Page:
Appeal Decision Rolls Back Damages. On appeal, the Court of Appeal ruled that employers cannot be liable for negligent infliction of mental suffering, noting that such a duty would be a "considerable intrusion by the courts into the workplace." There was also no basis to support a finding of intentional infliction of mental suffering. While egregious, Ayotte's conduct did not reach the necessary legal threshold, that is, it was not "calculated to produce harm." Finally, the damages for assault and battery were too remote: "Piresferreira's psychological disabilities and her inability to work in any employment were largely caused by matters other than the battery itself."
Final Result. In the end, the appeal court awarded Piresferreira 12 months' pay in lieu of notice for constructive dismissal, plus $15,000 in damages for the battery, and $45,000 for the mental suffering related to the manner of her dismissal – a total of approximately $147,855– plus $120,000 net in costs.
Costs of Harassment. This saga, which resulted in years of effort and legal costs, demonstrates the cost of harassment in the workplace. Even though the damages were significantly reduced on appeal, the legal and reputational costs to the employer were no doubt significant.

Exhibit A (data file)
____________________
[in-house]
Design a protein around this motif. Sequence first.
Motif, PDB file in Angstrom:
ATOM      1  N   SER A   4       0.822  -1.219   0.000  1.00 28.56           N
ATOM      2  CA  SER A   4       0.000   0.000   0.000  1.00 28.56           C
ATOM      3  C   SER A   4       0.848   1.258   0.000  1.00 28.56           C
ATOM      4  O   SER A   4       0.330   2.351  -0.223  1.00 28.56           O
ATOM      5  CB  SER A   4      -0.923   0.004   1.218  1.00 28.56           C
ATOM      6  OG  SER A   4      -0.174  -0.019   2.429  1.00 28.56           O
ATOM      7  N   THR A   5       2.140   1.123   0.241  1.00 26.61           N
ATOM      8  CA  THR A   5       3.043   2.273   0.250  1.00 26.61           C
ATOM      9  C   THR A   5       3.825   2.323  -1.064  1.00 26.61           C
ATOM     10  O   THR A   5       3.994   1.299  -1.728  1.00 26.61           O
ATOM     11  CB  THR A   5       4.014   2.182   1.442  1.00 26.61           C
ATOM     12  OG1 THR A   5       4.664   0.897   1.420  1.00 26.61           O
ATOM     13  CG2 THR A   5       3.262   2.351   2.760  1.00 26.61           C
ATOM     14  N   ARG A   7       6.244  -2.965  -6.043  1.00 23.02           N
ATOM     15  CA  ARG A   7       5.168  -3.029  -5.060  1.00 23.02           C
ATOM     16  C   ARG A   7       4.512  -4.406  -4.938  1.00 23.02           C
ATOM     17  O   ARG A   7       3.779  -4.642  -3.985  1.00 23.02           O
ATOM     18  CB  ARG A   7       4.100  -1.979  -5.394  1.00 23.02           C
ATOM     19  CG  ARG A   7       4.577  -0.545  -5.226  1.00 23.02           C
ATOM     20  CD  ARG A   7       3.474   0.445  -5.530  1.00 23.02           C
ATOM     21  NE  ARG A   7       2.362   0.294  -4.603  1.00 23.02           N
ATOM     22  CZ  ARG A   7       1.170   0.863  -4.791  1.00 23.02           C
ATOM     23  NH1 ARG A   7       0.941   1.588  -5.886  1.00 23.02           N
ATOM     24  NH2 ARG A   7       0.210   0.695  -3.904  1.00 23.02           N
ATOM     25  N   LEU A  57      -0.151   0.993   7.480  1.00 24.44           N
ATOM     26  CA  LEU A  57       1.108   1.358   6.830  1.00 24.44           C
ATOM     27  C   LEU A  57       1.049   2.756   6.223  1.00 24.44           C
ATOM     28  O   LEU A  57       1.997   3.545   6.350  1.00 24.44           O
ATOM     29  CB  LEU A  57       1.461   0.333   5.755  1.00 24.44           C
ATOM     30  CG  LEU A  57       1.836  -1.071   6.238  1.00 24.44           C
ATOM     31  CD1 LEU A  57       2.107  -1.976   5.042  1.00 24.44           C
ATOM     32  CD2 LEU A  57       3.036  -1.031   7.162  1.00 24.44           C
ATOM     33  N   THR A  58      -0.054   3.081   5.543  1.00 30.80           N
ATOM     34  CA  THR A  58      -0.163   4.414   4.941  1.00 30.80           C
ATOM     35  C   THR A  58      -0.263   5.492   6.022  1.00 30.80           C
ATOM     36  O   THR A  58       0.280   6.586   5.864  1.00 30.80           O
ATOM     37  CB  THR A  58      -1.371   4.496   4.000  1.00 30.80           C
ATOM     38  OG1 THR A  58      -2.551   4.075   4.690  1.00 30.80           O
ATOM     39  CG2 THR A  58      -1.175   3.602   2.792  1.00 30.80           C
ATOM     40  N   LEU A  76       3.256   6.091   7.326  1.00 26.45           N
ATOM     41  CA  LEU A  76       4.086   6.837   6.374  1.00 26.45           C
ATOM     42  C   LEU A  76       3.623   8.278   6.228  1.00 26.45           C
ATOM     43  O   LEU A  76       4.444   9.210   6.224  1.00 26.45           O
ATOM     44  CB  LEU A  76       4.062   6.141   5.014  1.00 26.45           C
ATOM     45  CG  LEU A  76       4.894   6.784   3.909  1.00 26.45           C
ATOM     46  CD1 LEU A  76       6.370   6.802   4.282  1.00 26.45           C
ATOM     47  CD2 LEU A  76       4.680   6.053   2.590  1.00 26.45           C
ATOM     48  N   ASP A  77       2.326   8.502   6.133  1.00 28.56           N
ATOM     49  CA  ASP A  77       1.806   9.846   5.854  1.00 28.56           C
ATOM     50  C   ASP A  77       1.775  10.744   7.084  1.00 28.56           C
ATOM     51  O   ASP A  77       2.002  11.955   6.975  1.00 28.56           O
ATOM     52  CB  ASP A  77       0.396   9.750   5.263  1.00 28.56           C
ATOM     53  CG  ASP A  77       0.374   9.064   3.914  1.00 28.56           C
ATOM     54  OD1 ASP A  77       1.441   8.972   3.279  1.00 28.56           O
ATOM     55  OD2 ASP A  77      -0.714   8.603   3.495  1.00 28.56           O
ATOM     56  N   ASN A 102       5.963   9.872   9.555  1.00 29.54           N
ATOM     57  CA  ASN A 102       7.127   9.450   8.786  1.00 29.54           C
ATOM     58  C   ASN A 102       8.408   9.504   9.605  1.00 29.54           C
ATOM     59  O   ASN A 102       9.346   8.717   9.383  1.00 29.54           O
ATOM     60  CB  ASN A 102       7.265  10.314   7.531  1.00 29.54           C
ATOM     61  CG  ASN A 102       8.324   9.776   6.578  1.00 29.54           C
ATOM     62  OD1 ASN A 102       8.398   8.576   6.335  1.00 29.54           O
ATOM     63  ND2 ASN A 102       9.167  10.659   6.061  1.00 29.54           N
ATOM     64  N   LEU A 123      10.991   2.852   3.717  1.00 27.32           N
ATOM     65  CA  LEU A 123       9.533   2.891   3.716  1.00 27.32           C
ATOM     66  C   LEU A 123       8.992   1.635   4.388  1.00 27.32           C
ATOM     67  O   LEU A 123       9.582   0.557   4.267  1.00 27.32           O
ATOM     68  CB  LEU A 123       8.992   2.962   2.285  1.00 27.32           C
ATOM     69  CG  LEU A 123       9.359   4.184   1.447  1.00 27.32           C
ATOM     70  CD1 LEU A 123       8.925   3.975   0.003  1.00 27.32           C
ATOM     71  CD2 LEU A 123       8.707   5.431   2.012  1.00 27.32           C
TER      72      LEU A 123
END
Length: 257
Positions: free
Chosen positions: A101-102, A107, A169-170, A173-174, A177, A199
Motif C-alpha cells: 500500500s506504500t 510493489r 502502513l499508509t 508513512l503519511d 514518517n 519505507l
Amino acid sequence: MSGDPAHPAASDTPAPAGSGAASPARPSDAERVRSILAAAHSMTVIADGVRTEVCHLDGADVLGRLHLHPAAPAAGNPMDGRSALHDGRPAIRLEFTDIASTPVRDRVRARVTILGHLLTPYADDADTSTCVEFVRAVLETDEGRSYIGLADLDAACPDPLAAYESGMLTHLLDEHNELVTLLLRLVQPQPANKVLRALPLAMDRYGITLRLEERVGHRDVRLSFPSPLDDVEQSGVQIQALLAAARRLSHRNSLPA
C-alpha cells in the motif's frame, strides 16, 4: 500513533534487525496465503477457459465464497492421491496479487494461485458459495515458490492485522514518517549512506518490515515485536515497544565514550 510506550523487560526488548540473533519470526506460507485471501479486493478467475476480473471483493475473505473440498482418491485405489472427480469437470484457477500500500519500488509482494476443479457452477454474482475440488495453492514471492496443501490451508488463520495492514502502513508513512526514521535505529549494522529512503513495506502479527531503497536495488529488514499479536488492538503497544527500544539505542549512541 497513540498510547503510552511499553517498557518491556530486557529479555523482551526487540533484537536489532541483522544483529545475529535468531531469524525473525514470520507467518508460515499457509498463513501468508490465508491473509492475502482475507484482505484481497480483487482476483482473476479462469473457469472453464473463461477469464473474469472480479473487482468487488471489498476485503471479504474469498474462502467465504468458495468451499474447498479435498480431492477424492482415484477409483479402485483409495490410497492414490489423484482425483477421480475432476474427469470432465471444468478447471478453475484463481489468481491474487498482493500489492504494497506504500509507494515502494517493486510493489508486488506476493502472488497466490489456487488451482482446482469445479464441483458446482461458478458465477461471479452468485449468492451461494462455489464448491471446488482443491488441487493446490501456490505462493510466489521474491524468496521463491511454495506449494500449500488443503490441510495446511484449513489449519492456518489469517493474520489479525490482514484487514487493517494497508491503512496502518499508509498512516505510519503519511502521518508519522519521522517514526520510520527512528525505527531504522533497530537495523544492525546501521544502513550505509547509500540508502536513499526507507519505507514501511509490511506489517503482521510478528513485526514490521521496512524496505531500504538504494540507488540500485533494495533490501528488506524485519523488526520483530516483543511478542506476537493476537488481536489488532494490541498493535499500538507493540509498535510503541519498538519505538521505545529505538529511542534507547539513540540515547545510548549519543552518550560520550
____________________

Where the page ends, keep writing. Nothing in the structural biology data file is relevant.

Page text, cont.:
Piresferreira v. Ayotte and Bell Mobility (Ontario Court of Appeal) (http://www.canlii.org/en/on/onca/doc/2010/2010onca384/2010onca384.pdf)
IT Employee's Security Breach Justified Termination
Prohibited downloading and access-granting to family and friends justified dismissal
An arbitration board has upheld the dismissal of an IT "infrastructure analyst" with Sheridan College who breached system security.
For ten years, Steve Rowe had used his work computer to download pornography, videos, music and games and engage in sexually explicit online chats with his girlfriend. Rowe also gave family, friends and co-workers access to his Sheridan computer and distributed downloaded materials to them.
His role at the College included responsibility for network security so he had a high level of access to college computers which were linked to the college's network servers.
Shortly after he was dismissed, Rowe posted on Facebook a picture of the backside of a mountain climber with a caption telling his manager to "kiss this." He removed the picture and apologized when the union advised him to do so.
The arbitration board found that Rowe had occupied a position of trust and had violated that trust. He had signed the College's handbook, which contained rules for computer use, and he was well aware of the rules. Further, during the College's investigation, Rowe had attempted to delete the offending material and lied about the extent of his personal use of the computer. In addition, his "kiss this" Facebook post demonstrated a lack of remorse for his conduct.